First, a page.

CORAMBA’S brand-new air sparging system has already taken a hit, with four of the six sparge valve box covers destroyed by a truck which drove over the location this week.
Coffs Harbour City Council’s manager of strategy and sustainability Jeff Green said they thought one of the vehicles which drove over the boxes was a contractor engaged to pump out the riverside sump for the council, but it appeared that more than one vehicle had caused damage.
He said the plastic boxes, which are designed to be buried in the ground with only the lid above the surface, were not sturdy enough and they were in negotiations with the contractor, WSP Environmental, to have them replaced.
Mr Green said the valve boxes had been filled with gravel and the damage did not affect the operation of the valves.
Coffs Harbour Council is also in dispute with WSP Environmental about noise attenuation matters to do with the air sparging system.
Mr Green said a tentative date of September 19 had been set for a meeting of the Coramba Interagency Working Party, which has not met for about 18 months, but an agenda for the meeting had not yet been compiled.
There is a revival of community concern in Coramba about the smell of petrol being experienced near the Orara River and the slow progress of work on completing the sparging system, which is designed to draw out and clean the petrol which has contaminated ground water under the village.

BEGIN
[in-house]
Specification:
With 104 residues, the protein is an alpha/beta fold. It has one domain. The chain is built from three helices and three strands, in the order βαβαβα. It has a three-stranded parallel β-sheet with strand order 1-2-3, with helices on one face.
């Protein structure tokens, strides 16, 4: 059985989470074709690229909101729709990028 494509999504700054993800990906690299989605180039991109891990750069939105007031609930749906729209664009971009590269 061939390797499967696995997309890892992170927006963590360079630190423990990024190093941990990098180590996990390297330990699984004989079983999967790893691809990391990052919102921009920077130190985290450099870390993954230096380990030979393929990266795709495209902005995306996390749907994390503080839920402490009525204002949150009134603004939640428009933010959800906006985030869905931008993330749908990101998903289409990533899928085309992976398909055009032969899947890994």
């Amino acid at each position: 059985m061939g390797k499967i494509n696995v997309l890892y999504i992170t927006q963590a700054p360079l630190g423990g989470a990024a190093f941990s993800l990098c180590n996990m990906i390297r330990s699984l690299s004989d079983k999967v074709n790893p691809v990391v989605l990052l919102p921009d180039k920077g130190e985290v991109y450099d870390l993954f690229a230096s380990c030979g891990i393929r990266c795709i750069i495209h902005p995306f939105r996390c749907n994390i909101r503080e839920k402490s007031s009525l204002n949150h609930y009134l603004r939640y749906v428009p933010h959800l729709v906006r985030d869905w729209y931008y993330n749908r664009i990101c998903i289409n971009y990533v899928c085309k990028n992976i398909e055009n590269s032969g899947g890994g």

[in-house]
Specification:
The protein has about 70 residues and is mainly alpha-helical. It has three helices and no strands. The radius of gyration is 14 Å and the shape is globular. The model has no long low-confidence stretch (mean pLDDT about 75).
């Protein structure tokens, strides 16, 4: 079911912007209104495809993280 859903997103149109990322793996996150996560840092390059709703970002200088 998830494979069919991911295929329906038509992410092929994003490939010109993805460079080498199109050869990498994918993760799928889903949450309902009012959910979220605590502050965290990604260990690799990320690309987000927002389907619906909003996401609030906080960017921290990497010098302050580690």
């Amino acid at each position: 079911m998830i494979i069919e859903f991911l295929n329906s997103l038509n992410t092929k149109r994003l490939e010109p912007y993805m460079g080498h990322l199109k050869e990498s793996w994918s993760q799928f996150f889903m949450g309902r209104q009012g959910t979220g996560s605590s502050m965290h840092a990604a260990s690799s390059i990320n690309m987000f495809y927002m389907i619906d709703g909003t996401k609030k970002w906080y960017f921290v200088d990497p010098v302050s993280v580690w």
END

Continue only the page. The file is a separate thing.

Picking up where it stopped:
Long-term Coramba resident Brian Adam, who lives close to the river, is the latest resident to take up the cudgels on behalf of the village.
He has compiled and distributed a pictorial history of the popular riverside rest area, which has been officially banned as a swimming spot since petrol was first detected leaking from the river bank in 2002.
Mr Adam wants not just a solution to the petrol contamination but restoration of the riverbank to its natural condition as a gravel shoal and an extension of the pedestrian footbridge over the Orara River to overcome the washaways which damage the approaches every time the river floods.